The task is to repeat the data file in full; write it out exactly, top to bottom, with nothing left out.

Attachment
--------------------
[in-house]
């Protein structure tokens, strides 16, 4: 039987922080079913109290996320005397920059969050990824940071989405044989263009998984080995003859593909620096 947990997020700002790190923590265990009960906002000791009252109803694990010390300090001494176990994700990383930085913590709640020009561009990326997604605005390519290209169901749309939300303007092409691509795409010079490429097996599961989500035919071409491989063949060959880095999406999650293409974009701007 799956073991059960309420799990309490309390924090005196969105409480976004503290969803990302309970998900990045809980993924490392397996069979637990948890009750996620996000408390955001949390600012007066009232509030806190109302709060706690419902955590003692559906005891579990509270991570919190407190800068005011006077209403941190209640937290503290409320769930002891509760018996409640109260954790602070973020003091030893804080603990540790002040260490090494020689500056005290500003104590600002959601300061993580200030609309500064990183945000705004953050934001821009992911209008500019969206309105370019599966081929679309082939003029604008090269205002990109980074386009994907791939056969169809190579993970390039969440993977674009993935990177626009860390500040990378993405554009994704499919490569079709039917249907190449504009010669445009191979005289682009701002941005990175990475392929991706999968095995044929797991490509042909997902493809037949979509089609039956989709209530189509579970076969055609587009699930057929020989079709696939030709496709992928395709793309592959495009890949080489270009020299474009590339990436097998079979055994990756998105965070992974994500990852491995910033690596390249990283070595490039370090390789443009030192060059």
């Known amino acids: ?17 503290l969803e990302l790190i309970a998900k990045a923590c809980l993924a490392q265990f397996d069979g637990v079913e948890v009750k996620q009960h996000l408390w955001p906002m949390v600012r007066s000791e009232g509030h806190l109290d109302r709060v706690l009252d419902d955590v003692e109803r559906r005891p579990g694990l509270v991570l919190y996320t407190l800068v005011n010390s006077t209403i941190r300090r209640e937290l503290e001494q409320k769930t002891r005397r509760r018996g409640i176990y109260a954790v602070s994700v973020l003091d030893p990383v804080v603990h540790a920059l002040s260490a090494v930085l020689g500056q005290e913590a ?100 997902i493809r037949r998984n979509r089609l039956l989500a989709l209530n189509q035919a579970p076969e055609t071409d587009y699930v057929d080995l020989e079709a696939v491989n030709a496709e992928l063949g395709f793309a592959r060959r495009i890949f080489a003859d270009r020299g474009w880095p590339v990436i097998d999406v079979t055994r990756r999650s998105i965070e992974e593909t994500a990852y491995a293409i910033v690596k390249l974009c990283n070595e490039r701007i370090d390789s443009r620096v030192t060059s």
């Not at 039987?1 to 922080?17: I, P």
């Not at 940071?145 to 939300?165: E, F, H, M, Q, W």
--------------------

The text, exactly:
[in-house]
């Protein structure tokens, strides 16, 4: 039987922080079913109290996320005397920059969050990824940071989405044989263009998984080995003859593909620096 947990997020700002790190923590265990009960906002000791009252109803694990010390300090001494176990994700990383930085913590709640020009561009990326997604605005390519290209169901749309939300303007092409691509795409010079490429097996599961989500035919071409491989063949060959880095999406999650293409974009701007 799956073991059960309420799990309490309390924090005196969105409480976004503290969803990302309970998900990045809980993924490392397996069979637990948890009750996620996000408390955001949390600012007066009232509030806190109302709060706690419902955590003692559906005891579990509270991570919190407190800068005011006077209403941190209640937290503290409320769930002891509760018996409640109260954790602070973020003091030893804080603990540790002040260490090494020689500056005290500003104590600002959601300061993580200030609309500064990183945000705004953050934001821009992911209008500019969206309105370019599966081929679309082939003029604008090269205002990109980074386009994907791939056969169809190579993970390039969440993977674009993935990177626009860390500040990378993405554009994704499919490569079709039917249907190449504009010669445009191979005289682009701002941005990175990475392929991706999968095995044929797991490509042909997902493809037949979509089609039956989709209530189509579970076969055609587009699930057929020989079709696939030709496709992928395709793309592959495009890949080489270009020299474009590339990436097998079979055994990756998105965070992974994500990852491995910033690596390249990283070595490039370090390789443009030192060059």
């Known amino acids: ?17 503290l969803e990302l790190i309970a998900k990045a923590c809980l993924a490392q265990f397996d069979g637990v079913e948890v009750k996620q009960h996000l408390w955001p906002m949390v600012r007066s000791e009232g509030h806190l109290d109302r709060v706690l009252d419902d955590v003692e109803r559906r005891p579990g694990l509270v991570l919190y996320t407190l800068v005011n010390s006077t209403i941190r300090r209640e937290l503290e001494q409320k769930t002891r005397r509760r018996g409640i176990y109260a954790v602070s994700v973020l003091d030893p990383v804080v603990h540790a920059l002040s260490a090494v930085l020689g500056q005290e913590a ?100 997902i493809r037949r998984n979509r089609l039956l989500a989709l209530n189509q035919a579970p076969e055609t071409d587009y699930v057929d080995l020989e079709a696939v491989n030709a496709e992928l063949g395709f793309a592959r060959r495009i890949f080489a003859d270009r020299g474009w880095p590339v990436i097998d999406v079979t055994r990756r999650s998105i965070e992974e593909t994500a990852y491995a293409i910033v690596k390249l974009c990283n070595e490039r701007i370090d390789s443009r620096v030192t060059s």
């Not at 039987?1 to 922080?17: I, P």
């Not at 940071?145 to 939300?165: E, F, H, M, Q, W």